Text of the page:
PROVIDENCE, R.I.- Selling for $46,250 and leading Bruneau & Co’s November 30 Modern & Contemporary Art auction was an oil on canvas by Benedict “Ben” Chukwikadibia Enwonwu (Nigerian, 1917-1994).
The 1962 portrait featured Constance “Afi” Ekong. The firm’s auctioneer and specialist Travis Landry said, “The identification of the sitter was found by looking through photographs and also in comparison to a bronze Enwonwu did of Constance. The eyes, nose and expression was spot on, we felt confident we knew who the sitter was.”
The painting had provenance to Adelaide M. Cromwell, a professor who co-founded the African Studies Center at Boston University. It sold to a private collector in Texas.
In a catalog description, Landry wrote, “Spanning nearly 60 years, Ben Enwonwu’s career coincided with one of the most important periods of modern Nigerian history. He was born in Onitsha, eastern Nigeria into the Umueze-Aroli royal family, his father was a noted sculptor and his mother operated a textile business. He studied fine arts at the Umuahia Government College in 1934 and later attended Goldsmiths College and the Slade School of Fine Arts in the United Kingdom through a scholarship in 1944. After his years of learning in Europe, Ben returned to Nigeria to continue his painting and was declared “Africa’s Greatest Artist” in 1949 by Time magazine. The following year Enwonwu experienced a pivotal point in his career having done an exhibition tour throughout the United States, returning him home an international star.”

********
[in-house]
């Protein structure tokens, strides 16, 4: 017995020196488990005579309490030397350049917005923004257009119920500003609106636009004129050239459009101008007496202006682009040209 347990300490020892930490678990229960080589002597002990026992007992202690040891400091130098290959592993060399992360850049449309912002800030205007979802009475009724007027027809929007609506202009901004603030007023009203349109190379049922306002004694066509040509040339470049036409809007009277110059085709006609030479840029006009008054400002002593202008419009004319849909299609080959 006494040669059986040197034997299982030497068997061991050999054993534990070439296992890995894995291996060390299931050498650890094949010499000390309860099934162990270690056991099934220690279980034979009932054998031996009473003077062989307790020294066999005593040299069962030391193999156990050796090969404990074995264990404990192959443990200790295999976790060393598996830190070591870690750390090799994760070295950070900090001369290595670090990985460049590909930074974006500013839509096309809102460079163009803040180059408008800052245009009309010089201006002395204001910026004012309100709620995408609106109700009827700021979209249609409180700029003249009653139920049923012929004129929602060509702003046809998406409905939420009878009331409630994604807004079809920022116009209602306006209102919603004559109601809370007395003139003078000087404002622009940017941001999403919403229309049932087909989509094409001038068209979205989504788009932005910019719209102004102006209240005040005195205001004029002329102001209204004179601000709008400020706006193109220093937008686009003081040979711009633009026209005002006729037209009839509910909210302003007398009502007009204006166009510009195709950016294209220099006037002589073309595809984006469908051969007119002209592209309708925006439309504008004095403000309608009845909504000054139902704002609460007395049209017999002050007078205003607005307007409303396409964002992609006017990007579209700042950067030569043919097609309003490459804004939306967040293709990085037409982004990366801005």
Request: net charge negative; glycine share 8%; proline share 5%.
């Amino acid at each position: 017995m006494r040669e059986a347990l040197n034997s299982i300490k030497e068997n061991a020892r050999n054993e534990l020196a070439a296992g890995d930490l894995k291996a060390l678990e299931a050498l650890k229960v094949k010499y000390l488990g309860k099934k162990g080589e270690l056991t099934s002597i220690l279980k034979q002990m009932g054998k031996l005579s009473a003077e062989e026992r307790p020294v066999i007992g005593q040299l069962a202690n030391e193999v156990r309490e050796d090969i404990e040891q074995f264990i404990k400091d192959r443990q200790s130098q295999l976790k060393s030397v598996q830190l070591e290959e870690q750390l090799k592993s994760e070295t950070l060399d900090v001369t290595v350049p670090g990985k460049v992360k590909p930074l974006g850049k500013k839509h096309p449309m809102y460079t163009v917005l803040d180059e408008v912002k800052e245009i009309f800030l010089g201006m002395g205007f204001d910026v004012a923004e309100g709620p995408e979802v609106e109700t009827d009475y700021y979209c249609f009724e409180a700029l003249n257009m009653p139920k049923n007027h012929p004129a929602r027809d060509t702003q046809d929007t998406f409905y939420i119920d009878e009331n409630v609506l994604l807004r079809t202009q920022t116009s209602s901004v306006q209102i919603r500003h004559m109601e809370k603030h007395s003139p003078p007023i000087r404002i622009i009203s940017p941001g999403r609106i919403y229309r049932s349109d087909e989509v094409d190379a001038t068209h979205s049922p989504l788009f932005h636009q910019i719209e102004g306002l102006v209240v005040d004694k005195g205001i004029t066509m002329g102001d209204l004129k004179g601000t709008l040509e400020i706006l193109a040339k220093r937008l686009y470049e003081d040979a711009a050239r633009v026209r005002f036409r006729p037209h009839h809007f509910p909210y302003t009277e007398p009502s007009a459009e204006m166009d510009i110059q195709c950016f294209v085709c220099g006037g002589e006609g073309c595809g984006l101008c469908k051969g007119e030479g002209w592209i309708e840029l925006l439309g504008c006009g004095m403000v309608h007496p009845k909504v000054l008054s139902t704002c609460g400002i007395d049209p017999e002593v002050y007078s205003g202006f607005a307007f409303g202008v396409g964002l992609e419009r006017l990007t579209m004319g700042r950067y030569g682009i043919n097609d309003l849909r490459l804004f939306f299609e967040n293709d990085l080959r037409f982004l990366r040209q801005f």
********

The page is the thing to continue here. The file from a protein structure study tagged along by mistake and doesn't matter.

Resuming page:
Enwonwu was the first African artist to complete a portrait of a ruling European monarch in 1956 when he sculpted a statue of a young seated Queen Elizabeth II.
“Executed in 1962 the sitter of this portrait is almost certainly Constance “Afi” Ekong, a close friend and contemporary of Enwonwu,” Landry wrote. “She was the wife of Prince Abdul Azizi Attah (1920-1972), the older brother of Princess Judith Safinat; another known sitter of Enwonwu. Constance was… one of the first female Nigerian artists to be trained abroad. She studied fashion and fine art at the Oxford College of Arts and Technology, Saint Martin’s School of Art, and the Central School of Design. She returned to Nigeria in 1957 with high praise quickly rising in influence among political and elite social groups. In 1958 she became the first female artist to have a solo exhibition in Nigeria and later opened The Bronze Gallery, a commercial space for post-colonial Nigerian artists.”
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